Right now, many of you are feeling the effects of COVID-19 as we emerge from quarantine. There is no question that the virus will be felt for many months and maybe even years ahead. A number of brands have filed for Chapter 11 bankruptcy (or may do so in the near future), including Neiman Marcus, JCPenny, J.Crew, Forever21, Gold’s Gym, Steak-n-Shake, JoAnn Fabrics and many others. The stores and restaurants left in the wake of COVID are facing widespread changes to their business models, such as limited operational capacity. All the while, consumers are reluctant to venture out amid concerns the virus is still lingering.
So, where does that leave us and where do we look for hope in the retail real estate sector?
Look no further than the foundation of our communities – your local hair salon, your dentist, donut shop, dry cleaners, and other neighborhood retail.
These local community shopping centers have always been the backbone of our communities and provide essential daily needs and services. Neighborhood retail consists mostly of hard-working, entrepreneurial mom-and-pop type establishments, while a number are regional operators or franchisees of larger national brands. They are essential to our lifestyle. It’s where you stop to buy flowers for your wife, get a quick haircut, treat the kids to a cup of yogurt, visit the dentist or take your dog in for their annual exam at your vet. In many cases, we know the owners of these establishments and we have a personal connection to them. We often see the money spent there not as discretionary, but part of our daily/weekly routines.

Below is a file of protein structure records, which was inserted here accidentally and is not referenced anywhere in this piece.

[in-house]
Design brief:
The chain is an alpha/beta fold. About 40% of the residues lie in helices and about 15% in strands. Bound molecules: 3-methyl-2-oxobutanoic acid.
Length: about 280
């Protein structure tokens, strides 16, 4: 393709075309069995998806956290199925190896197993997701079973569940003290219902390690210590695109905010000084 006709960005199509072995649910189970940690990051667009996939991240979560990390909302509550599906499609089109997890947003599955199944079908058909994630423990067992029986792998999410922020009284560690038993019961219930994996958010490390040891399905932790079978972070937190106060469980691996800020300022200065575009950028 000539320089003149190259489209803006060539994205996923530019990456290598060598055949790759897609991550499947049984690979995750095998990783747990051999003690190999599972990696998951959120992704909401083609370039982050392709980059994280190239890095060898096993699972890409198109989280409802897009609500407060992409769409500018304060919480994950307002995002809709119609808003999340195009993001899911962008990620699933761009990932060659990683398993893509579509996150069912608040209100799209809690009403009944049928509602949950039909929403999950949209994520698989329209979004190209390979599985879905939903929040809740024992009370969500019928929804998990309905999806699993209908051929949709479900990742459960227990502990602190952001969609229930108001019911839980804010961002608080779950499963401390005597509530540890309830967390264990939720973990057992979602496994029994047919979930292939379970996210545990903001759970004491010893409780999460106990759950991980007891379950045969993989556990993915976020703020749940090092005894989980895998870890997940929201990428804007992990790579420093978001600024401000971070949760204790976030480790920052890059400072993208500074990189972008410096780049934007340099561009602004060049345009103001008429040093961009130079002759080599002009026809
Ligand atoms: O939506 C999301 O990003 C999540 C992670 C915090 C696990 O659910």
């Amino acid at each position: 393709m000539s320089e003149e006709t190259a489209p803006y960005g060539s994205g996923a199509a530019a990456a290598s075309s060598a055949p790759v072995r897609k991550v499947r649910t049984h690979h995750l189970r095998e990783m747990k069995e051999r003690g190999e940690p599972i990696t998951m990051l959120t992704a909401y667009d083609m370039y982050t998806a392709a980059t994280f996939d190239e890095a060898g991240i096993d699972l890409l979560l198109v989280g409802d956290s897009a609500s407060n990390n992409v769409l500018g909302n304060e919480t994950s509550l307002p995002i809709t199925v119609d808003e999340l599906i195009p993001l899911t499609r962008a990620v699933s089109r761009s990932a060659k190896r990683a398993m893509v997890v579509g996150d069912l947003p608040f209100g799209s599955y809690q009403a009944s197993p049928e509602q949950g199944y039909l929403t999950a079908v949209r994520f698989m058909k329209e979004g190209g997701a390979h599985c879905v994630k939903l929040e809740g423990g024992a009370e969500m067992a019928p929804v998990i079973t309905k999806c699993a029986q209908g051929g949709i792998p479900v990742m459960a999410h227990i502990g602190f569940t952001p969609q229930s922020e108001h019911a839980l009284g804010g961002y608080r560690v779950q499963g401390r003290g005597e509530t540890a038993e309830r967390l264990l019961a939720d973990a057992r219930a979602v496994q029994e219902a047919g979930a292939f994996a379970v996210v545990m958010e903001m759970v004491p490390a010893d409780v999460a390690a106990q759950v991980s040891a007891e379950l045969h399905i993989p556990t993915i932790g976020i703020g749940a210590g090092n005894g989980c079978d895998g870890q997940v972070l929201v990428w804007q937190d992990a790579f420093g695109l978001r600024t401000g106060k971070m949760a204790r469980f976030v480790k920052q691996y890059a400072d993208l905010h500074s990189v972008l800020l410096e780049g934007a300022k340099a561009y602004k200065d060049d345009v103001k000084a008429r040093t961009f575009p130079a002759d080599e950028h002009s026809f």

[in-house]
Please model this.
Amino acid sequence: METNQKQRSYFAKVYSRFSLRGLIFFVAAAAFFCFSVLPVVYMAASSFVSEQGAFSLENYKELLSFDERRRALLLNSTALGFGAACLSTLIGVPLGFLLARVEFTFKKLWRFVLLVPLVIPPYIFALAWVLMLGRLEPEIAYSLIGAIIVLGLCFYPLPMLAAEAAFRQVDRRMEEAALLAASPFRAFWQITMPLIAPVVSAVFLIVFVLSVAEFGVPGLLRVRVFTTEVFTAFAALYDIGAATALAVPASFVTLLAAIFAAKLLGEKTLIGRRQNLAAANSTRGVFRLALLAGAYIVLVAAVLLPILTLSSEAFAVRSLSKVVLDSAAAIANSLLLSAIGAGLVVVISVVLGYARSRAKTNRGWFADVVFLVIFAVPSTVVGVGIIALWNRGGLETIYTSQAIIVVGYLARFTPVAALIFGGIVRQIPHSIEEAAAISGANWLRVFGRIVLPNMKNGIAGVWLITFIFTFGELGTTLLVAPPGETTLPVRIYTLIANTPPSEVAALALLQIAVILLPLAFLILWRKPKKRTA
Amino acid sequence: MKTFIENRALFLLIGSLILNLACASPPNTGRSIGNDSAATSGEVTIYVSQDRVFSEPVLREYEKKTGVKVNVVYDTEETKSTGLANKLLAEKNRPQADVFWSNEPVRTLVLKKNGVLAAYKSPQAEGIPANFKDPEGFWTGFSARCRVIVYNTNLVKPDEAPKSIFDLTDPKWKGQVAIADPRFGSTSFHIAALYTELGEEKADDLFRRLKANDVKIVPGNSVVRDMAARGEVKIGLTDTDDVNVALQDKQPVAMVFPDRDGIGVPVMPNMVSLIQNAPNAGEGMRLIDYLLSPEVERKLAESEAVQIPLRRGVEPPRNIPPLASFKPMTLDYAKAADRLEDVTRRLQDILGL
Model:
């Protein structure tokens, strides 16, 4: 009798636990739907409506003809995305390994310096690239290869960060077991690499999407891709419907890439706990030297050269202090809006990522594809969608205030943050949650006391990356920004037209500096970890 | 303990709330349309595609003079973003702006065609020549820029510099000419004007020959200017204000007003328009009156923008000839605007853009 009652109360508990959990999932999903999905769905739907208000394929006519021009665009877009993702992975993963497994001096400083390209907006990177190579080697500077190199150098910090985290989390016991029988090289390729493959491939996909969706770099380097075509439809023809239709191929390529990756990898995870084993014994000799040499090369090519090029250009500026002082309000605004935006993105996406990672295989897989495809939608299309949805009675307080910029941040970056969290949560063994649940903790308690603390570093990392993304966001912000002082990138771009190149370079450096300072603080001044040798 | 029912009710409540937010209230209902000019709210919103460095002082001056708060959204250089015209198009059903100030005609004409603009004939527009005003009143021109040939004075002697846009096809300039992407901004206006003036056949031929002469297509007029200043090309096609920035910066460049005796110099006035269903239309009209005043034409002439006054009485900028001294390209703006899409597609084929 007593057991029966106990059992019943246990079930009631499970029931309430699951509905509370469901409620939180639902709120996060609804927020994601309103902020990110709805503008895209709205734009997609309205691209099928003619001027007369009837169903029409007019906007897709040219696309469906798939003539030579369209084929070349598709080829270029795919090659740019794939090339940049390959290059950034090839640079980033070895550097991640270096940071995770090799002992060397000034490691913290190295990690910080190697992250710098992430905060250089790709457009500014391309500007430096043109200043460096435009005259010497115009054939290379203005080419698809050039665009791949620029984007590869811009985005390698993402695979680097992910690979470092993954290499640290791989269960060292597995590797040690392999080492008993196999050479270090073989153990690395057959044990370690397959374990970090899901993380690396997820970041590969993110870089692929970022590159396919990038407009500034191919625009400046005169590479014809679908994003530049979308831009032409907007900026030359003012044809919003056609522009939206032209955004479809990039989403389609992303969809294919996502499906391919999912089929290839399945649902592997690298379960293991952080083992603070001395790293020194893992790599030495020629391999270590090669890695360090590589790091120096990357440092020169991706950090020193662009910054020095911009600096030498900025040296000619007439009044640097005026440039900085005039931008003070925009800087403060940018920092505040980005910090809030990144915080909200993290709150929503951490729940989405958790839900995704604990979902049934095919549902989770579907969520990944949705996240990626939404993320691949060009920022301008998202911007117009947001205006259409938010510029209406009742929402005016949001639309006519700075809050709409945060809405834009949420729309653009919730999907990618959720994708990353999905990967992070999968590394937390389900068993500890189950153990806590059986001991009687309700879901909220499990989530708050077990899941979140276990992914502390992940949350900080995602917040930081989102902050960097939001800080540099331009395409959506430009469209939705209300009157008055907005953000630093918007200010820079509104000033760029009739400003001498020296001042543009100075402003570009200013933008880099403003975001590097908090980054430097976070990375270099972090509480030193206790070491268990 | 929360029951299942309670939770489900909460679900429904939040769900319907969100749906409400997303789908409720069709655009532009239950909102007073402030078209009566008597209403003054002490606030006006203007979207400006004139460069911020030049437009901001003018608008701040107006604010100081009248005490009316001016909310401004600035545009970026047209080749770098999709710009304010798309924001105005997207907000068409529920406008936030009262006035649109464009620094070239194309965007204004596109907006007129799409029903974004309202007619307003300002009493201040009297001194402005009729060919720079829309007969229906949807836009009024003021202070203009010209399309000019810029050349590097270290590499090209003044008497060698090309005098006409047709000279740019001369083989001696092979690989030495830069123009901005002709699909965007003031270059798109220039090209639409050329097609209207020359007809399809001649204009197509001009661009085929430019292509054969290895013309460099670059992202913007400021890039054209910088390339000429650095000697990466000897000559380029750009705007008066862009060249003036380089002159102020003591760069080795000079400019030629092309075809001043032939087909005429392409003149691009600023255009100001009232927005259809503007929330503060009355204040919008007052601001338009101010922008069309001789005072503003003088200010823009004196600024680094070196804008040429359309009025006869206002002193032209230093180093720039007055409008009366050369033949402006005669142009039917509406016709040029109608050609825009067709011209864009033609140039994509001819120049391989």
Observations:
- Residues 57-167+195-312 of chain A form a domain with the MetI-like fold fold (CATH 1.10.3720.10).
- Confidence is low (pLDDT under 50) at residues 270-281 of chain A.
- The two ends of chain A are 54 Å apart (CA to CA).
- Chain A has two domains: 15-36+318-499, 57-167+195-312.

You may not believe it, but neighborhood retail is the best equipped to handle social distancing compared to other sectors of retail. Just take a second to think about it. Many of these stores are “in and out” and the amount of time spent inside is limited. Many have drive-thru options and many are not jam packed with customers inside at any given time.
Daily needs and services have always been a vital part of the retail real estate section but in recent years have been often overlooked in favor of newer trends or other concepts that grab bigger headlines. But neighborhood retail has always been there supporting our communities and embodies everyday essential needs.
Maybe one of the lessons we can learn from this whole pandemic is to get back to basics. As we move past COVID, neighborhood retail properties will become an even more desirable asset for retail investors and developers. Owners and brokers that understand the nuances of these types of properties are poised to be in a good position moving forward.
Please feel free to reach out if you have any thoughts you’d like to discuss.
Stay safe and take care.